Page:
About the authors:
Anna M. Karam, Ph.D. Dr. Anna Karam is a Postdoctoral Fellow at the UC San Diego Health’s Eating Disorders Center for Treatment and Research (EDC). Dr. Karam received her Bachelor’s in Psychology and Women’s and Gender Studies in 2013 from the University of North Carolina at Chapel Hill and received her PhD in Clinical Psychology from Washington University in St. Louis in 2020. She completed her predoctoral clinical internship at UCSD. Dr. Karam has received broad and comprehensive training in the evidence-based treatment of psychological disorders including eating disorders, anxiety disorders, and mood disorders, with an emphasis in the areas of eating and weight-related disorders. Her research interests include examining predictors, moderators, and mechanisms of evidence-based treatment for eating disorders, as well as the best methods for dissemination and implementation of evidence-based treatments for eating disorders, with the ultimate goal to enhance and increase access to eating disorder care. Dr. Karam is passionate about combining her research and clinical interests in the area of eating disorders.
Tiffany A. Brown, Ph.D.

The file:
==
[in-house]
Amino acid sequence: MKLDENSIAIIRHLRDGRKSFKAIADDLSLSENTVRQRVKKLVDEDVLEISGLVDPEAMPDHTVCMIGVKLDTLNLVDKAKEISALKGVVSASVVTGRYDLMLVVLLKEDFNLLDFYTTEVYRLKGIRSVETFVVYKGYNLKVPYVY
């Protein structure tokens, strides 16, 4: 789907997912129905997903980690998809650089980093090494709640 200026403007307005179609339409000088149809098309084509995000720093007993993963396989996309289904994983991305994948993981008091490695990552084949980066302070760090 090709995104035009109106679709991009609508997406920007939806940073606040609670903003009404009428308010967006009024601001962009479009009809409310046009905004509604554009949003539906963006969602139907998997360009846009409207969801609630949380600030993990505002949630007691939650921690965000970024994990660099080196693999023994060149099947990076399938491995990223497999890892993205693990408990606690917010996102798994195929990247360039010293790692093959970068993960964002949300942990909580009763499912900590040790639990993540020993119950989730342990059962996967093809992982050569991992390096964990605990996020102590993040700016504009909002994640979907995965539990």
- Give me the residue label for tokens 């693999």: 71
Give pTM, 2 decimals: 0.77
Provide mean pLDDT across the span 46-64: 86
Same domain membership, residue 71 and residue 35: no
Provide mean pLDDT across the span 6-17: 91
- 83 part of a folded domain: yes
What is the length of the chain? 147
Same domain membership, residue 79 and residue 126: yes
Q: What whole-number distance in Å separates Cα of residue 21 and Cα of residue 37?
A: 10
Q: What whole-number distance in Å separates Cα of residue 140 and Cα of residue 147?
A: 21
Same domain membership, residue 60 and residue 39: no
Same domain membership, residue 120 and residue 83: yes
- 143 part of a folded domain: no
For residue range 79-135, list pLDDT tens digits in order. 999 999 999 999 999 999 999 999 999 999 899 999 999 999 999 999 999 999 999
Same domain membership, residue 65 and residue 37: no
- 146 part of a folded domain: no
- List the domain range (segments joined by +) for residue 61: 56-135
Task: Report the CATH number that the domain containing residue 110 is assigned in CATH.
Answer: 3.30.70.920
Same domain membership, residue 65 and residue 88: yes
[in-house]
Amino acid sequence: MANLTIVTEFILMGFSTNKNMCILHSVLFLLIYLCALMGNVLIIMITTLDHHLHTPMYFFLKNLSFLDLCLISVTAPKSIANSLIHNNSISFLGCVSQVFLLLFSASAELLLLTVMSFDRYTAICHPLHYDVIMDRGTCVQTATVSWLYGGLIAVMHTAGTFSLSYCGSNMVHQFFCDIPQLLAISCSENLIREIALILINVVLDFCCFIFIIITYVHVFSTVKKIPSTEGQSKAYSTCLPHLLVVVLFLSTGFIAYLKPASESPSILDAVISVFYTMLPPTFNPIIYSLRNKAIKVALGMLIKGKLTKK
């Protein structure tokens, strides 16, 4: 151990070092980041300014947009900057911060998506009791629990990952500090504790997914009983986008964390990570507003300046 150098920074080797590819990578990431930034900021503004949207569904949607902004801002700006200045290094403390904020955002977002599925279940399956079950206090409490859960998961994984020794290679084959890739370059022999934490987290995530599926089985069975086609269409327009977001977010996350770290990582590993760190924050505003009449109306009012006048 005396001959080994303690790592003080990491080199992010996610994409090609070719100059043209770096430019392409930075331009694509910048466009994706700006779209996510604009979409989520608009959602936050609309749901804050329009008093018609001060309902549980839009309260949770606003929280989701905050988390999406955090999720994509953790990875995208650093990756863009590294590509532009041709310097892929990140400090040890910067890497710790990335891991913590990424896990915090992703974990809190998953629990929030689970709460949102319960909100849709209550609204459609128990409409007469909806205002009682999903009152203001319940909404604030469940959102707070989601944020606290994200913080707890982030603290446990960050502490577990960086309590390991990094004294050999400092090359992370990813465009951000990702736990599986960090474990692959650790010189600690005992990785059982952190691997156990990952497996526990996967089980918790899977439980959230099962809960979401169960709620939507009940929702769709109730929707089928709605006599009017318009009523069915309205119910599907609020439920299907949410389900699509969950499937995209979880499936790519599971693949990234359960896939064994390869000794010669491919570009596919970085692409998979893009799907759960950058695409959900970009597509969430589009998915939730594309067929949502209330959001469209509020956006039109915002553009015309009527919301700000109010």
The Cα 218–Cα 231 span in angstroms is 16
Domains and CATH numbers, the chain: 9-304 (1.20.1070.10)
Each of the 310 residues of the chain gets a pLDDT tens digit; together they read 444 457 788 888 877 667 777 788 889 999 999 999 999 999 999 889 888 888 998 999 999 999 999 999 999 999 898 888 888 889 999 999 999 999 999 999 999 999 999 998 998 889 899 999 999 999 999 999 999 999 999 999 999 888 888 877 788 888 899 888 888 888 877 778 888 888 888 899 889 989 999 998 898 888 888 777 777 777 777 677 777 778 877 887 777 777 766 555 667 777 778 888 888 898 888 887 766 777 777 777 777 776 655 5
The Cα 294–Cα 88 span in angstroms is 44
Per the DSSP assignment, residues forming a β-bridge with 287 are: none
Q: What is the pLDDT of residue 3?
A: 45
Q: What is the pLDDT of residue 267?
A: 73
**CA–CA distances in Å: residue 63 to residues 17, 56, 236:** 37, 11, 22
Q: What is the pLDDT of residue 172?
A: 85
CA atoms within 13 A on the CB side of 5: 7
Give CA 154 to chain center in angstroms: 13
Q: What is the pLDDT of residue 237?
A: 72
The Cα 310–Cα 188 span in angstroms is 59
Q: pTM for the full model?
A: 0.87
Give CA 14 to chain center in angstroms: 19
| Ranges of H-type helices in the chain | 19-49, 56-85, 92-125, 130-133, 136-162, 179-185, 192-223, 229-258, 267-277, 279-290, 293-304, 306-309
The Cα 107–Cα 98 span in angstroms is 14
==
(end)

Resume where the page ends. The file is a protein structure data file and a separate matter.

Dr. Tiffany Brown is a licensed clinical psychologist and Assistant Project Scientist at the UCSD Eating Disorders Center. She graduated from Villanova University with her BA and from Florida State University with her PhD in Clinical Psychology. She has extensive clinical experience working with pediatric, adolescent, and adult patients with eating disorders using DBT, Cognitive Behavioral Therapy (CBT), Exposure and Response Prevention (EXRP), and Family Based Therapy (FBT) and enjoys working with patients from diverse backgrounds. In particular, she is an advocate for patients who have typically been underrepresented in the eating disorder field, including LGBTQ+ and male patients. Her research interests focus on eating disorder prevention in male and LGBTQ+ populations and treatments for body image and eating disorders, particularly those targeting altered interoception – the brain-body relationship – and anxiety about body sensations. Dr. Brown has received research funding from the National Institute of Minority Heath and Health Disparities, the Arlene and Michael Rosen Foundation, the Global Foundation for Eating Disorders, and the Academy for Eating Disorders. Her current research focuses on reducing eating disorder and muscle dysmorphia risk for LGBTQ+ and male populations, understanding factors related to treatment outcome across gender and sexual identity, the effectiveness of DBT for eating disorders, and how interoception and gastric specific anxiety can be targeted in eating disorder treatment (e.g., interoceptive exposure).